Kansas City Chiefs

AFC West

2017 Schedule

  • Week 1

    KC @ NE


    7:30 pm

PYRO Fantasy Depth Chart

The PYRO Fantasy Football Depth Chart is a rundown of where Team PYRO projects the fantasy production for each team at each position. It is NOT an attempt to inform you of the current starters for each team. For example, we are well aware that Brandon Manumaleuna is currently the starting TE for the Chicago Bears, but if you look at the Bears Team Page, we have Greg Olsen listed at TE. Why? We’re projecting that Greg Olsen will be the most Fantasy Football relevant TE for the Bears this season. Since Olsen will be the Bears leading FF point scorer at TE, it’s his name at the top of the TE column on our PYRO Fantasy Depth Chart.

Kansas City Chiefs - 2014 Preseason #FF Preview

preseason review of kansas city chiefs for fantasy football



Kansas City Chiefs - 2014 Preseason #FF Preview



“Put your makeup on and do your hair up pretty, meet me tonight in (Kansas) city.” Alright, so that is not quite what Bruce Springsteen was singing (or Levon Helm of The Band :( RIP Levon). He had Atlantic City on his mind, but if you were to draw up a list of similarities between the two cities, you might have one – job opportunities in the mafia, and that’s about it. 



Differences between Atlantic City and Kansas City, however, are certainly distinct. One is bright and flashy, the other, well, is Kansas City. Just like the town, Alex Smith is a blue collar fella, nothing exciting. In fact, if you started him in a 12 team league last year, chances are every other quarter back did better. He ranked 13th amongst fantasy quarterbacks. He will continue to be a bye week fill-in at best. He is a tier VI or VII QB. Pyro ranks him as the #24 fantasy quarterback (as of 7/10/14) going into the 2014 season. Statistically, he is coming off his best year in the league. Last year, he passed for 3,313 yards, 23 touchdowns, and only threw 7 interceptions. All in all, he never had a 300 yard game. Perhaps he is most memorable for his fantasy playoff performance. In week 15, Smith single handedly knocked many a team out of the fantasy playoffs, as he threw five touchdowns. This was compounded if you also happened to be playing against Jamaal Charles, like this unfortunate author. Charles snagged 4 of his 7 receiving touchdowns and ran in for another on that fateful Sunday. Not that I hold any grudges, but if Alex Smith is reading this, a most vile pestilence upon you sir! Aside from that statistical anomaly, Smith just does not have the numbers to warrant a roster spot on your team. Last year, his average pass attempt was paltry 6.52 yards. He only made 508 pass attempts and that was his highest ever. The closest he has come to breaking 500 attempts before last year was in 2011 with 445. There just aren’t enough numbers to translate into fantasy relevance.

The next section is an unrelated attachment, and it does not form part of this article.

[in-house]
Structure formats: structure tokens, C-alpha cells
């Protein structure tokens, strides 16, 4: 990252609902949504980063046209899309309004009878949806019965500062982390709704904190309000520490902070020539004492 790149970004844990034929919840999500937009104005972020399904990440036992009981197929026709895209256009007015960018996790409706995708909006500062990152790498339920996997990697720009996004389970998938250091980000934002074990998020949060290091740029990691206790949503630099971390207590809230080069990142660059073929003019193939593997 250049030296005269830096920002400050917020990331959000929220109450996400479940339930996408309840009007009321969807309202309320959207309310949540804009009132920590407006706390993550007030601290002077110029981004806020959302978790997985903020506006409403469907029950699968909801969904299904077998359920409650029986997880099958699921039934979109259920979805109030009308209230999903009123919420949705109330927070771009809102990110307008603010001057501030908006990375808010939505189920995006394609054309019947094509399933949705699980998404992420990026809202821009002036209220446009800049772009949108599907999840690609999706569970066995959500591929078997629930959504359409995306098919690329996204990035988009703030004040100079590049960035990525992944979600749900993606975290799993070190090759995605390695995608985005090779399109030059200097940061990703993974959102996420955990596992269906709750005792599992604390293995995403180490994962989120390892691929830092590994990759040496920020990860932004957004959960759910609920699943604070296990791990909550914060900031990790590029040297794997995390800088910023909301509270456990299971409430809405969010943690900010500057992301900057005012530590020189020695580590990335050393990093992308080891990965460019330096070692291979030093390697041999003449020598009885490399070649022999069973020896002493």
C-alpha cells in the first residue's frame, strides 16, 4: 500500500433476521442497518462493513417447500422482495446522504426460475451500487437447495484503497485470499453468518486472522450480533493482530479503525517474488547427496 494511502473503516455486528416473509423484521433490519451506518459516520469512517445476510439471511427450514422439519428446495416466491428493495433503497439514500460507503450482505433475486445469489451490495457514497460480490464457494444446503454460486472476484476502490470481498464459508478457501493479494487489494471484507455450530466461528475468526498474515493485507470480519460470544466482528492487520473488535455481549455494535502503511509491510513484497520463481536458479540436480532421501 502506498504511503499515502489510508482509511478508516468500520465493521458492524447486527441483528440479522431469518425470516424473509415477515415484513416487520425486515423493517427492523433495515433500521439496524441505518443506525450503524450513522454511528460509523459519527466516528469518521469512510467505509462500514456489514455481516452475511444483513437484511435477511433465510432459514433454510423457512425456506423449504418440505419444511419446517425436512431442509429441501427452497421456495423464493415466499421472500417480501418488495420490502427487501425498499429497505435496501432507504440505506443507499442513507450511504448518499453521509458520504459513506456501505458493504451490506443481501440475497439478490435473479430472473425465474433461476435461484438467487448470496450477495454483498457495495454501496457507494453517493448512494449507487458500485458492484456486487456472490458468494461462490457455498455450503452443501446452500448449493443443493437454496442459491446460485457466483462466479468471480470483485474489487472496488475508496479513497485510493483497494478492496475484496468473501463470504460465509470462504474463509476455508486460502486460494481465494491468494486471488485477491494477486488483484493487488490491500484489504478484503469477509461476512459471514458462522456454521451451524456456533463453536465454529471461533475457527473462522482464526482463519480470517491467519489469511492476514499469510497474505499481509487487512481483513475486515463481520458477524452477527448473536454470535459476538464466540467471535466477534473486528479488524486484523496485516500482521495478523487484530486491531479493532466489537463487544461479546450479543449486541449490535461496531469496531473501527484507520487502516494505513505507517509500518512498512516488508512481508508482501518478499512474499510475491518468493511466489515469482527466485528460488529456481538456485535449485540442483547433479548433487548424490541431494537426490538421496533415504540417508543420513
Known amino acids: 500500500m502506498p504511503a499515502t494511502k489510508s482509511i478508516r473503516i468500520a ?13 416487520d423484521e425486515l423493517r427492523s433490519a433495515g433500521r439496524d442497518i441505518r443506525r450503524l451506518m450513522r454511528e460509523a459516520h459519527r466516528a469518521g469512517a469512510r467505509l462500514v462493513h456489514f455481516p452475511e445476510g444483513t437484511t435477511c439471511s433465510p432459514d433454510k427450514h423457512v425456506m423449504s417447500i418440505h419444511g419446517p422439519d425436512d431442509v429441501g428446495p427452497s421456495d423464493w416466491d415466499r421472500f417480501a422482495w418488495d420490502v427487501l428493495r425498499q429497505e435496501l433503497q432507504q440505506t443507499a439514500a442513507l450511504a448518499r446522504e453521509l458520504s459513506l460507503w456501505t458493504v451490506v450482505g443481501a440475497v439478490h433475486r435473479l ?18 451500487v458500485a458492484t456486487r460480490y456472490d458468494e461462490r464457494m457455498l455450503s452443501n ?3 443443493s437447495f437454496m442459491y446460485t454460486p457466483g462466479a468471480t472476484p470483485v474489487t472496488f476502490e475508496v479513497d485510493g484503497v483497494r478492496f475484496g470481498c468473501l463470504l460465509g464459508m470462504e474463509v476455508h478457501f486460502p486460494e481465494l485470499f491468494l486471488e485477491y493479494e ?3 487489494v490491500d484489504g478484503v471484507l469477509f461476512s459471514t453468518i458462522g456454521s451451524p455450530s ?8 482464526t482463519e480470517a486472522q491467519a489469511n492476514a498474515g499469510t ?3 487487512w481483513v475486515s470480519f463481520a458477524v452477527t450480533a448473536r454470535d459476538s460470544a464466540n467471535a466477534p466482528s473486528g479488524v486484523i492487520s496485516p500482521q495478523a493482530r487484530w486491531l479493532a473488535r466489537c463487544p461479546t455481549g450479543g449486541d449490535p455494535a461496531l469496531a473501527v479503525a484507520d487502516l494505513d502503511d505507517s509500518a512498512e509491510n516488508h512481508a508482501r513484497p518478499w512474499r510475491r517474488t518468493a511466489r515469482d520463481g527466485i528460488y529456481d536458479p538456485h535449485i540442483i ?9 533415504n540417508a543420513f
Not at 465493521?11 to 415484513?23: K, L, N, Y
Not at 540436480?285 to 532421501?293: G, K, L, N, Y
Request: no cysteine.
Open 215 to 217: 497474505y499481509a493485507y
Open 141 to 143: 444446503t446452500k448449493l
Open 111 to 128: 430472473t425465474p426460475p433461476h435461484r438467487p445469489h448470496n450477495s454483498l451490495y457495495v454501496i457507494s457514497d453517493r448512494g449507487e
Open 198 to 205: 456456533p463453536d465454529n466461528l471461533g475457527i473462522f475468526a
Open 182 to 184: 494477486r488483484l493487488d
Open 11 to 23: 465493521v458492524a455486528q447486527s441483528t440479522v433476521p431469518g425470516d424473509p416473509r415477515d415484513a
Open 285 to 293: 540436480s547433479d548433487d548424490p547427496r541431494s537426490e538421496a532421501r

alex smith and chiefs sideline 

#11 is not a QB that you can really feel great about as a starter on a week-to-week basis